Red flags are being raised about Kansas City's new hire.

Cities across the country say they've had bad experiences with ambulance billing service Intermedix, but Kansas City, MO, says no company has a perfect record and its city council decided in a 7-4 vote to hire Intermedix to bill patients for ambulance use.

KCTV5 has obtained a stack of letters sent from cities including Dallas, Memphis, TN and Racine, WI, saying Intermedix overbilled, underbilled and, in some cases, didn't bill at all, ambulance riders in those cities.

In neighborhoods like Santa Fe on Kansas City's east side, ambulance calls are frequent.

"We have a lot of senior citizens within our community," said Joseph Jackson of the Santa Fe Area Council.

Jackson also lives in the Santa Fe neighborhood and is concerned a contract for the outsourced ambulance billing company Intermedix will leave his neighbors with a paperwork headache.

"Their past practices, business and personal are a real risk to the citizens and residents of Kansas City," Jackson said.

City Councilman John Sharp shared emails he received from cities like Dallas where Intermedix failed to recover the promised $21 million worth of services. Memphis said some people called the city after receiving a bill "but swear they have never been to our city," according to another email. Racine provided a laundry list of displeasure, including bad billing and poor customer service.

"32,000 patients of their clients for 27 agencies in 17 states had their identity compromised," Sharp said.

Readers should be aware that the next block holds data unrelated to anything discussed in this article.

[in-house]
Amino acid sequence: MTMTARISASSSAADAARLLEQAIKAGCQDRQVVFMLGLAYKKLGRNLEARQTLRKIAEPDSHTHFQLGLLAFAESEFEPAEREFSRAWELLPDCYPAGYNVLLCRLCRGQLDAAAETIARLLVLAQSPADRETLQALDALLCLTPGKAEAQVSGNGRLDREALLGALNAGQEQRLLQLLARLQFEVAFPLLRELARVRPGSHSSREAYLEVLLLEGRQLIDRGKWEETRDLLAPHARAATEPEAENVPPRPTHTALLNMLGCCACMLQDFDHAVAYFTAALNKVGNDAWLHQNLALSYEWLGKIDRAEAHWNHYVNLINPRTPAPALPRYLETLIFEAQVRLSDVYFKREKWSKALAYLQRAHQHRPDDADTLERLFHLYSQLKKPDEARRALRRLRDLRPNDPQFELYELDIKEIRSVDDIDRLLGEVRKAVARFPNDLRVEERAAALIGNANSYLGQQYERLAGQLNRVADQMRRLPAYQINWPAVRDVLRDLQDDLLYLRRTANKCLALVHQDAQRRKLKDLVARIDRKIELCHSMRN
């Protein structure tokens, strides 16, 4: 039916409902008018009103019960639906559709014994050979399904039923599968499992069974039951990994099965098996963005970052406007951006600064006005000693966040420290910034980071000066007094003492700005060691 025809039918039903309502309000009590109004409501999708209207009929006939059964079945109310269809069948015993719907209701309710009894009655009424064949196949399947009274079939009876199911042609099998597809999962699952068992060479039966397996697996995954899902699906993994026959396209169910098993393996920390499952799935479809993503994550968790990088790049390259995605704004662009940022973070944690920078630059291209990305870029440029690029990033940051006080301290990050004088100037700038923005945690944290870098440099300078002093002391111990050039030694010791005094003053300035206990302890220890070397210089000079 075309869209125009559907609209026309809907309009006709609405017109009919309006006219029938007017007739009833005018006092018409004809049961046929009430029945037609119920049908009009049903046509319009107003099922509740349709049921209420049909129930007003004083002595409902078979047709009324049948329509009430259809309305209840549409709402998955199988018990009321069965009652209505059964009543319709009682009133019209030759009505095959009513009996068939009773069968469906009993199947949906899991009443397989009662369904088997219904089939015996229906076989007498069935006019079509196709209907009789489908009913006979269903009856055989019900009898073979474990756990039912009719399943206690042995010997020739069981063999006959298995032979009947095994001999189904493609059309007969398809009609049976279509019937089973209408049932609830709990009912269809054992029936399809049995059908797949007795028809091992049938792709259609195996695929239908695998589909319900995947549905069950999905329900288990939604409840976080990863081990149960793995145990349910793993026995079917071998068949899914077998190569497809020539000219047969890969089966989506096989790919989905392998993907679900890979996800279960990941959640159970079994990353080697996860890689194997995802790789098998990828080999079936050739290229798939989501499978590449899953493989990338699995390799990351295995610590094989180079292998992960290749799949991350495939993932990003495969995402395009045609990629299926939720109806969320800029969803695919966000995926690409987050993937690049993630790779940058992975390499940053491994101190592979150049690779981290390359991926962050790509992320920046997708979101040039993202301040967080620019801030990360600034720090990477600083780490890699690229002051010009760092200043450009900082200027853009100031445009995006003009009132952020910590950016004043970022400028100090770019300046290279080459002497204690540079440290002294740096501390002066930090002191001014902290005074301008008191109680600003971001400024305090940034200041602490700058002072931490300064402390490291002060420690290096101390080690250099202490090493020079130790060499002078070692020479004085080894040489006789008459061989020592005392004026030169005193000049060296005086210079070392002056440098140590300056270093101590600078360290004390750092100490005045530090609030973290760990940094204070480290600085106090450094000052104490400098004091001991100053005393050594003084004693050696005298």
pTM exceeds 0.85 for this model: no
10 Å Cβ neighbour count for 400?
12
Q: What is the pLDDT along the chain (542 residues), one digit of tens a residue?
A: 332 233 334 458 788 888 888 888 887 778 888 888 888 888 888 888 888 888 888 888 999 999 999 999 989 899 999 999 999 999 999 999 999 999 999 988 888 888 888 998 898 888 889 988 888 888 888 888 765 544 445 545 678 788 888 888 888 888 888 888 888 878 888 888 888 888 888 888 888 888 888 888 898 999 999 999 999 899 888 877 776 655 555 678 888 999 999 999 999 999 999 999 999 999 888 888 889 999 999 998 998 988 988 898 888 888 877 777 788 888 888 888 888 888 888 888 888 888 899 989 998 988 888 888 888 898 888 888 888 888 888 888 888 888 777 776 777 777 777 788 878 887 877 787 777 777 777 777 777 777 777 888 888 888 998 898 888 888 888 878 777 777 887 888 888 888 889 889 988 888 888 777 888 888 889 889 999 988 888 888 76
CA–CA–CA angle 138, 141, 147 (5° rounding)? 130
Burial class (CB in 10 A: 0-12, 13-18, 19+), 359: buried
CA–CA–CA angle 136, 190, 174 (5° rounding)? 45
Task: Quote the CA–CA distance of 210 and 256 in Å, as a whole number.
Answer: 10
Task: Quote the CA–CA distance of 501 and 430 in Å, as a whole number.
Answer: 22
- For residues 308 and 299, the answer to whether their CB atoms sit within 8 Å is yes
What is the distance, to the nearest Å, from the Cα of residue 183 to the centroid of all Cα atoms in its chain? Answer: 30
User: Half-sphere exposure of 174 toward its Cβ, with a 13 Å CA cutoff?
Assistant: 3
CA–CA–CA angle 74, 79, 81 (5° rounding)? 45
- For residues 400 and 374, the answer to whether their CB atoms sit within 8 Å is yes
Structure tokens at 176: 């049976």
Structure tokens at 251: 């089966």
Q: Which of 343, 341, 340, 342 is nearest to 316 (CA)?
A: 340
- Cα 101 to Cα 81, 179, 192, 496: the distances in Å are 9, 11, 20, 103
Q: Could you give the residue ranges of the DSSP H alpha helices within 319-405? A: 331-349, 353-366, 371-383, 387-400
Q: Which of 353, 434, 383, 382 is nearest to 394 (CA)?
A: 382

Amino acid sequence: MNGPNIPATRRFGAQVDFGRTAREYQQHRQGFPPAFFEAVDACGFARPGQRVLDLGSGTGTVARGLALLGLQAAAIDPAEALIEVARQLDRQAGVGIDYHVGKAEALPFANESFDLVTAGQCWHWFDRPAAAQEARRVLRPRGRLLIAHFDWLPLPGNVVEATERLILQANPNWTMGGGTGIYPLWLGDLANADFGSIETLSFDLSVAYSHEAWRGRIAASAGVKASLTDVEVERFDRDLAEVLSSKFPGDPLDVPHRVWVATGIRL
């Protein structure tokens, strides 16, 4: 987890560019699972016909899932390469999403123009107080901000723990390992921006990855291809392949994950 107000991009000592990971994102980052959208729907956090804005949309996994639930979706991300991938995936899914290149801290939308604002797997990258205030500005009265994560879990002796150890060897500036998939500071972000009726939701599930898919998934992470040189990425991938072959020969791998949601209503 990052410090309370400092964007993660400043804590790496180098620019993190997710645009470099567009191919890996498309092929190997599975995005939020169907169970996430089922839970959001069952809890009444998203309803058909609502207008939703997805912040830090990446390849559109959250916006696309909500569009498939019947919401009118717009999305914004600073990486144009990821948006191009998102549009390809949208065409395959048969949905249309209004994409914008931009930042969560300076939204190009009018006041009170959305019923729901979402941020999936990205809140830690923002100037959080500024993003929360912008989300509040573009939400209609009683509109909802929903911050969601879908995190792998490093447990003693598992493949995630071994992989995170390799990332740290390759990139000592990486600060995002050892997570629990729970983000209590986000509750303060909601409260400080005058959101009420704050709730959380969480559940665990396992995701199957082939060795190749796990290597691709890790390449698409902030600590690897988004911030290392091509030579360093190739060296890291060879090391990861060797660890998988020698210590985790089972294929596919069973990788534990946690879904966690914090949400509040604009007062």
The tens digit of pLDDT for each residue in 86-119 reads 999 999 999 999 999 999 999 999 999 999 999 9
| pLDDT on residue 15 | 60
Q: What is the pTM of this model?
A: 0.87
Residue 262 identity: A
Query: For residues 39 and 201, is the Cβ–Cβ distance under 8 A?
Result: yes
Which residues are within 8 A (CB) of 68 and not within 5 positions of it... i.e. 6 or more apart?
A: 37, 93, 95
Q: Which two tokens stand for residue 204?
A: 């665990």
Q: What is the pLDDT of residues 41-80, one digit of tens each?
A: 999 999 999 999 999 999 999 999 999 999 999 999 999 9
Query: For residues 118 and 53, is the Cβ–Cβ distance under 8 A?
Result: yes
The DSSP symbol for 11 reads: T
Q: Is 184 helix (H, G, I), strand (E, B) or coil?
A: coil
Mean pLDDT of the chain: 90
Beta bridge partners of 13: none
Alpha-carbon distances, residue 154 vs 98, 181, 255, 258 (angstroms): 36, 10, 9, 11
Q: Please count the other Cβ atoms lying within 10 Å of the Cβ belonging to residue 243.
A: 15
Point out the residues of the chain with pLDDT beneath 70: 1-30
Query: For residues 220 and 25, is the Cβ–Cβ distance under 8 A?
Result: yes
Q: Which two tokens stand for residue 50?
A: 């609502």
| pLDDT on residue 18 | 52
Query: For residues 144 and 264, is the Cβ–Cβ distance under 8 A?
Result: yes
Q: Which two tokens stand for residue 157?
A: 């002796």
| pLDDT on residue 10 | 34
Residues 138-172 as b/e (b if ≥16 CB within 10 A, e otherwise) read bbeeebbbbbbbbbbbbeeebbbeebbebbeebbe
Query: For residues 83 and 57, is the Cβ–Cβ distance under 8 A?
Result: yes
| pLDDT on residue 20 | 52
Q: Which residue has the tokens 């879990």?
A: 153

But nonetheless, the city said it's not a fair assessment of the country's largest EMS billing service.

"The city itself has had HIPAA violations where we have made mistakes. No agency is perfect," said Kansas City City Manager Troy Schulte.

Schulte said the good outweigh the bad for the company, including a cost savings of $770,000 a year.

"We operate a staff of about 28 people. They will do the same service with 10 people. We're saving money by reducing staff, in-house capacity for equipment, technology, software, all of those issues," Schulte said.

In the five-year contact with the company, city ambulance riders cost an average of $35 million a year. Intermedix promises to collect at least $16 million in the first year, but the number goes down after the first year. The city will also pay the company 4.5 percent commission, about $723,000, for its services.

"We could save a little on one hand and lose a lot more in revenue. Now how does that help the taxpayers?" Sharp asked.

Despite sounding the sirens, city administrators say they are false alarms.

"It's unfortunate that a company that has a national reputation as the largest provider for EMS services is being disparaged like that," Schulte said.

Intermedix hired the attorney for Kansas City company Polsinelli and former Kansas City Chamber of Commerce President Pete Levi to consult on the deal. A city spokesman says Levi's past involvement with the city had nothing to do with its decision to hire the Florida-based service.

Intermedix sent KCTV5 a statement saying it is excited to work with Kansas City and that the finance committee supports it.

The City Council voted Thursday and the contract passed 7-4.

Copyright 2014 KCTV (Meredith Corp.) All rights reserved.


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